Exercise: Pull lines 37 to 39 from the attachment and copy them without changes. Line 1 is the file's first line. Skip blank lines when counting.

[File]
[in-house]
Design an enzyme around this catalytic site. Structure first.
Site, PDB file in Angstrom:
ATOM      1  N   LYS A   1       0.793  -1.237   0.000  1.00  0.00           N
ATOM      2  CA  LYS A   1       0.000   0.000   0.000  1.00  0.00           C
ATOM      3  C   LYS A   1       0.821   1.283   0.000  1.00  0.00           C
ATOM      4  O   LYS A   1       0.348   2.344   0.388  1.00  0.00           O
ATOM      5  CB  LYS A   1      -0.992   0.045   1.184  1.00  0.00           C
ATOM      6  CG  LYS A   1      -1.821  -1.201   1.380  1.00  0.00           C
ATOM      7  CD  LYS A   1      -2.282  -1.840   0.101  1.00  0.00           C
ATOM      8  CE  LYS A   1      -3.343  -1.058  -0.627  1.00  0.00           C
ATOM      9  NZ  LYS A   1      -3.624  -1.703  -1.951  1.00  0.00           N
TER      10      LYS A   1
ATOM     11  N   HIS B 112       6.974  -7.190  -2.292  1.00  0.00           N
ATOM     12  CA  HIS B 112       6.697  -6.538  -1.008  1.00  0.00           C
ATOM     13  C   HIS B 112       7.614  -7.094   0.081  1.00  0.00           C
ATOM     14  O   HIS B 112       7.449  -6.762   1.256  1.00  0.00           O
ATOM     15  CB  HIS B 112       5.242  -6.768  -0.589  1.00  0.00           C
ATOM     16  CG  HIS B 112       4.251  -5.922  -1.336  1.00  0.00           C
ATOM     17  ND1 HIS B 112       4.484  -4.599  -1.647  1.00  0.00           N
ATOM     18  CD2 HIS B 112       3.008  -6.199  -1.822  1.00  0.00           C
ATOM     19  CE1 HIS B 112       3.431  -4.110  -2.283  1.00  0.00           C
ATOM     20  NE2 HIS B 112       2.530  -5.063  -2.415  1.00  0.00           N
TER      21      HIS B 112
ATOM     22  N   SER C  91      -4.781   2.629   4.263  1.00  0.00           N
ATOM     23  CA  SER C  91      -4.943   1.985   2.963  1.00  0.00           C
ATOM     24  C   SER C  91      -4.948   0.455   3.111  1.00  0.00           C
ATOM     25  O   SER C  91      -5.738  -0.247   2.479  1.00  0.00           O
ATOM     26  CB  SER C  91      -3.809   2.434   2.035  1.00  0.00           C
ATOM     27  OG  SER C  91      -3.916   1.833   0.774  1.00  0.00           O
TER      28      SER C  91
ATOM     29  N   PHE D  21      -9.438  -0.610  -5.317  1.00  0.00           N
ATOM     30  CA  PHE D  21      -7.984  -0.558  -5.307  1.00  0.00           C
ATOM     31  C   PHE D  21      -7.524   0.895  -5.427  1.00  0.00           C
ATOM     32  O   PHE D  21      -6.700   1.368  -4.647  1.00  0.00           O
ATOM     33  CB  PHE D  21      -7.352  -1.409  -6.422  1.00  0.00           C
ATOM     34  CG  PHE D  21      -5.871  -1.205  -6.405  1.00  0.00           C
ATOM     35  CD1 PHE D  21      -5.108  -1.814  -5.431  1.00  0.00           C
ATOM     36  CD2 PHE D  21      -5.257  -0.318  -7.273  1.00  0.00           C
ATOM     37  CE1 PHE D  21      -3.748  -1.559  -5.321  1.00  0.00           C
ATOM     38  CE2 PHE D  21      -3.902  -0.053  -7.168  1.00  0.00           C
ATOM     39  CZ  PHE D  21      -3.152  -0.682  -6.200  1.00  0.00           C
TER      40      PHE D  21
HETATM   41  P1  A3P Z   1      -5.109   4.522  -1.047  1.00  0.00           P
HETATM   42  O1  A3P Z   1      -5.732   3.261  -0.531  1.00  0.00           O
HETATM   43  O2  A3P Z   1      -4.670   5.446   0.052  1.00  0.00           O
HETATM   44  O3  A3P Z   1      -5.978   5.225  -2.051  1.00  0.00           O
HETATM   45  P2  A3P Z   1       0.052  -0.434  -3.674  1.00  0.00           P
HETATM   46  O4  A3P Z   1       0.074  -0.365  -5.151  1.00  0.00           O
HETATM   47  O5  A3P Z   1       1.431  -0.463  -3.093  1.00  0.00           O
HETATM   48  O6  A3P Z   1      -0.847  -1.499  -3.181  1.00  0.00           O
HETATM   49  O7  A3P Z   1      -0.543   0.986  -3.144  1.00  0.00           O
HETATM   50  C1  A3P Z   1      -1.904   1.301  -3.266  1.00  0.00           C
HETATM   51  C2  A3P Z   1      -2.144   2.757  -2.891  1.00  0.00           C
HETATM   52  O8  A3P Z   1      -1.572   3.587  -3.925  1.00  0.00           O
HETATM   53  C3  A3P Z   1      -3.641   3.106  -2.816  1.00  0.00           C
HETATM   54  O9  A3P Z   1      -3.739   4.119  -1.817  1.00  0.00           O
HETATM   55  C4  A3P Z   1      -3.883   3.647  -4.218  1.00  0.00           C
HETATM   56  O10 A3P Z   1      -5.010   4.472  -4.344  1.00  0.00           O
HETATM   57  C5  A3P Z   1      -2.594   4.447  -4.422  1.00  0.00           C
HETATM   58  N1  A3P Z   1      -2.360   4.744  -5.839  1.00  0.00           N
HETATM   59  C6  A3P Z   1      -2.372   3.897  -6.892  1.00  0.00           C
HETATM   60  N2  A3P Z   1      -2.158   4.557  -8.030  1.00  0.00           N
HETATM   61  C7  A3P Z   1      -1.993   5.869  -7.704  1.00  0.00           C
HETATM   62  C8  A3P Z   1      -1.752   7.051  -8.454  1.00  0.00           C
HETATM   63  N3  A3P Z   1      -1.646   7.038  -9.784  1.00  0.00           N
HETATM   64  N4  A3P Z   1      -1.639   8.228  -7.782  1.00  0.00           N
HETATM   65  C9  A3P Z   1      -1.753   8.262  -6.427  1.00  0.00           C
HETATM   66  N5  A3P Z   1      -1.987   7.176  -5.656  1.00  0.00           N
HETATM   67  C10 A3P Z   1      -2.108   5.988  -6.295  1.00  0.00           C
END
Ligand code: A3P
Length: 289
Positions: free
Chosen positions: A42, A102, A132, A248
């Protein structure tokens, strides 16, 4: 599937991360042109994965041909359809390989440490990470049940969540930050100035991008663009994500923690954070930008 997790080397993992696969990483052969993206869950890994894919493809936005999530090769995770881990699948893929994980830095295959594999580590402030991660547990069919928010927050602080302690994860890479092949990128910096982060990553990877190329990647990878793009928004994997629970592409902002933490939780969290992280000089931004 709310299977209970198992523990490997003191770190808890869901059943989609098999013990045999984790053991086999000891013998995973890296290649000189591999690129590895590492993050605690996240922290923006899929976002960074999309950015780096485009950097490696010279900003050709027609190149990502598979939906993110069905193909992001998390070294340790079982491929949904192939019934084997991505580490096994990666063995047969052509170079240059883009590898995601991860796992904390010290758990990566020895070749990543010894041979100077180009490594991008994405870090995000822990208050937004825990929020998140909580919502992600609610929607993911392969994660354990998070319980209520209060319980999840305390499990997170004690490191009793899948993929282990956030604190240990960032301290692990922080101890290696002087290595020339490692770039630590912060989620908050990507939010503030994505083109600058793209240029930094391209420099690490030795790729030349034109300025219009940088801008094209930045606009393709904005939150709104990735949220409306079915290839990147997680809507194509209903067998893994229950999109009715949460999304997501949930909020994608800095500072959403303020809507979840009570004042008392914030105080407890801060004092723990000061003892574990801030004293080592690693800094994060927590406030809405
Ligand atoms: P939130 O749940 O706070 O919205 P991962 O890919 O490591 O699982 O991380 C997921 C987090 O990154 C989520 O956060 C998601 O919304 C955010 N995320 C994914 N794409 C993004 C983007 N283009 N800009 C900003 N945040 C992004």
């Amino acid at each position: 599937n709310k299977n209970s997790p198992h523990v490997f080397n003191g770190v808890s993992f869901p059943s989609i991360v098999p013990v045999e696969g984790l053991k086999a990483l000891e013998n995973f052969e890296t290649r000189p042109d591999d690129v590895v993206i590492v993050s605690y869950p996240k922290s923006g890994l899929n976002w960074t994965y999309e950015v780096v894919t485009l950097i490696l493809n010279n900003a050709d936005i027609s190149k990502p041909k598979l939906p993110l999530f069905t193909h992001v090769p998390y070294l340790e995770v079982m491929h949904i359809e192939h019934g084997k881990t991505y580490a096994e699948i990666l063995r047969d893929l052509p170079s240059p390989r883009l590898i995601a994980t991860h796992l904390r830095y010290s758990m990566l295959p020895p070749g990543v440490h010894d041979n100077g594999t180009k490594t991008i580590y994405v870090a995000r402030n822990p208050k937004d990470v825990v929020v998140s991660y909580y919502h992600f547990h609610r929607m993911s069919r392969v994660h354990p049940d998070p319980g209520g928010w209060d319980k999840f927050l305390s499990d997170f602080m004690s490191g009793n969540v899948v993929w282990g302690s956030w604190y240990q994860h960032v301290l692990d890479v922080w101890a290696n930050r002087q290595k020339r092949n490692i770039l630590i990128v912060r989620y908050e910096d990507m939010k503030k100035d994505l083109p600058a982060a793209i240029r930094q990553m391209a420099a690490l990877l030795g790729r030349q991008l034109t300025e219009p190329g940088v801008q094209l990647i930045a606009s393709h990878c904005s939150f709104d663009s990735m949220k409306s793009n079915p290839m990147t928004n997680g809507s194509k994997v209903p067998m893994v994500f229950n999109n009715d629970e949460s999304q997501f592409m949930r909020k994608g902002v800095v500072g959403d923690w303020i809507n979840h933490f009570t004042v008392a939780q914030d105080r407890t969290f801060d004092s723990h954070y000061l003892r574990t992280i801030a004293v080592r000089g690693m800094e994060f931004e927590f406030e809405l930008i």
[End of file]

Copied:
ATOM     34  CG  PHE D  21      -5.871  -1.205  -6.405  1.00  0.00           C
ATOM     35  CD1 PHE D  21      -5.108  -1.814  -5.431  1.00  0.00           C
ATOM     36  CD2 PHE D  21      -5.257  -0.318  -7.273  1.00  0.00           C